Other potential measures to consider include increasing workplace pension contributions, deferring State Pension payments as long as possible and getting started with saving at as early an age as feasible.

Other than that, the best solution for women’s wealth is to have it working as hard as possible. This means making sure wealth is kept in a savings vehicle which will enable it to grow over time and ensuring any investment portfolios are structured for the best long-term outcomes.

reducing tax liability

Retirement planning: the key to being well-prepared for your golden years

Planning for your own retirement is a tricky topic. There are many variables to consider, and each individual has a specific set of circumstances and goals to achieve.

But there are a few key areas of planning for your golden years that can help you to have clear in your mind what needs to be done, and how you can aim to achieve your ambitions.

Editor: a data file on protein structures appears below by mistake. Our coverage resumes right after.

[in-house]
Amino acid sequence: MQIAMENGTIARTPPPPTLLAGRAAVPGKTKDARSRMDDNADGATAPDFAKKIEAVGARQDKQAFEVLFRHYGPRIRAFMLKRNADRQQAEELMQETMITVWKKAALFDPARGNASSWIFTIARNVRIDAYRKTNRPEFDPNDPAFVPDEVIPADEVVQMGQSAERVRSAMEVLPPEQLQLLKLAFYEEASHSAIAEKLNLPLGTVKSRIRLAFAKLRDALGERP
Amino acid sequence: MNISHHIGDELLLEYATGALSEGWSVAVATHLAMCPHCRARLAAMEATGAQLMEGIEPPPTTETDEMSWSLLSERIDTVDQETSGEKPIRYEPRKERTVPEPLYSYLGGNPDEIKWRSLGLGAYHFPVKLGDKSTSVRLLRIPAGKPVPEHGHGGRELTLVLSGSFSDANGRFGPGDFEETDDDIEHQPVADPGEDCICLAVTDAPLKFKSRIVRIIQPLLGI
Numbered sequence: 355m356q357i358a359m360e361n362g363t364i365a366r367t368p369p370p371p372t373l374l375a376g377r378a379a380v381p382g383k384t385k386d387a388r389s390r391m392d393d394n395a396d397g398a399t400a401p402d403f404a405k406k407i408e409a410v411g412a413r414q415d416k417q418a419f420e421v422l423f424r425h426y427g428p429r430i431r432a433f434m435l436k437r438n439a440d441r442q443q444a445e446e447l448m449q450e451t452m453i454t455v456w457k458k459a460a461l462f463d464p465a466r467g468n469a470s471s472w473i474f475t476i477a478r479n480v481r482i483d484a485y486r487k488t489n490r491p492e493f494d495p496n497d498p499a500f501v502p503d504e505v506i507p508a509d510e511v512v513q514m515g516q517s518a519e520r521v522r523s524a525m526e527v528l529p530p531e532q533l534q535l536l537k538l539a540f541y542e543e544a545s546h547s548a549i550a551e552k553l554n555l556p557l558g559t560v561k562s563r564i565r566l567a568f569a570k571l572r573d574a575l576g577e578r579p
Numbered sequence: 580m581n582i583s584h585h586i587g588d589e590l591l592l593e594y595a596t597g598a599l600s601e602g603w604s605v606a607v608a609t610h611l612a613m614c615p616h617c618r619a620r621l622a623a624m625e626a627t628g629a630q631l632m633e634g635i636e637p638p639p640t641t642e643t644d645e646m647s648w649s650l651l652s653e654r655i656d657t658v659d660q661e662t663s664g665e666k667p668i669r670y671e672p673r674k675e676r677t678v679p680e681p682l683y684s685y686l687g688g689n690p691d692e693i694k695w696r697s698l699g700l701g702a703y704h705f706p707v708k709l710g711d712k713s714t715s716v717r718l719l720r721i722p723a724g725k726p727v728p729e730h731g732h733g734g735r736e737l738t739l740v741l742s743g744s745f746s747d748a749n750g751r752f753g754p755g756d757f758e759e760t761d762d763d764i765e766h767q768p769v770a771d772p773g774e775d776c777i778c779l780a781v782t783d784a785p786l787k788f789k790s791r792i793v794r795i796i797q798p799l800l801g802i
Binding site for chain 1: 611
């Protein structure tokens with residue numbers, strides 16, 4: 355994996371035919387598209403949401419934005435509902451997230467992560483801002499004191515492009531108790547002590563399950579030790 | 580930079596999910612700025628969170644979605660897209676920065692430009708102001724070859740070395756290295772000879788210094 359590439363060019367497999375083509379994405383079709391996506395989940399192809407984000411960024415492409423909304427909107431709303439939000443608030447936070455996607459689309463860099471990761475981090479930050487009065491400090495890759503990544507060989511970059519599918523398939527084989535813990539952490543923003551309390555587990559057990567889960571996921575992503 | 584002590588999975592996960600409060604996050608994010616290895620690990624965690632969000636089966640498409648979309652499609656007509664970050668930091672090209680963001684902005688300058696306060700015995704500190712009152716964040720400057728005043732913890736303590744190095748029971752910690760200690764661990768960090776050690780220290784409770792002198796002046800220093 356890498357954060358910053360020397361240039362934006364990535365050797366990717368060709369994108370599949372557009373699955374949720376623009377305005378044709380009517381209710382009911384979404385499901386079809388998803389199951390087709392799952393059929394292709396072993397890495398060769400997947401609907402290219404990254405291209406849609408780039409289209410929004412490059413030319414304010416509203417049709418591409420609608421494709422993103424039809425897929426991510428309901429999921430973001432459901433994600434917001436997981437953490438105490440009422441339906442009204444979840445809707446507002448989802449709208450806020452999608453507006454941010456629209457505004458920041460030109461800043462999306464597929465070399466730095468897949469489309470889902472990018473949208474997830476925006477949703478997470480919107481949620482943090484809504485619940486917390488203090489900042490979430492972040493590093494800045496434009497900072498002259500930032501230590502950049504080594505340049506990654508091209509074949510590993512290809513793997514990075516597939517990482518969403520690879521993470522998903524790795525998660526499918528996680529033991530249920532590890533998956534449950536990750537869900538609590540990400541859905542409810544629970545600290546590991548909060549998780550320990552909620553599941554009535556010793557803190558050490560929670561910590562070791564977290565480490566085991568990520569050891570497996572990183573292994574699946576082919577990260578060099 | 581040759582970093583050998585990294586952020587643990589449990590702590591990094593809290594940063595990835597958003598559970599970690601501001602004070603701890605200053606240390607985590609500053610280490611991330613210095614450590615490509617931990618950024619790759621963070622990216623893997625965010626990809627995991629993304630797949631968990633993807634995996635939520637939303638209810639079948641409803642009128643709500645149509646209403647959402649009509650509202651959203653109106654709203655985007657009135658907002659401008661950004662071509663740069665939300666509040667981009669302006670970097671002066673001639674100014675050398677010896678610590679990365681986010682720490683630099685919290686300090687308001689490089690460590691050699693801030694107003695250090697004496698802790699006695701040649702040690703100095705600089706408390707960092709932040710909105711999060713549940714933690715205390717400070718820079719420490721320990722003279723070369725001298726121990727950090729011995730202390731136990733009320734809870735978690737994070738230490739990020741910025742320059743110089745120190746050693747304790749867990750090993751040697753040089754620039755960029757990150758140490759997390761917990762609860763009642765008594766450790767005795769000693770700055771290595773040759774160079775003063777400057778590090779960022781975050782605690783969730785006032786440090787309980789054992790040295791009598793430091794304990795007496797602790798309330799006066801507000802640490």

Here are four key areas to consider.

  1. Time horizon

Thinking about when you would like to retire is perhaps the most fundamental consideration when planning for retirement. Essentially, every decision you make depends on when you actually plan to stop working.

There are a lot of variables to it as well. Retirement is not the straightforward end day and handshake it once was. Evermore frequently people decide to go on what is called a ‘glide path’ to retirement, reducing hours or days in the office until eventually stopping completely.

You’ll need to consider your age now, and how old you’ll want to be when you retire. The younger you are and the further away your retirement date, the more time you’ll have to save and invest to grow that wealth.

If you’re happy working until an older age other considerations such as State Pension entitlement become relevant, as you’ll likely have access to it from age 67 (or later depending on your current age).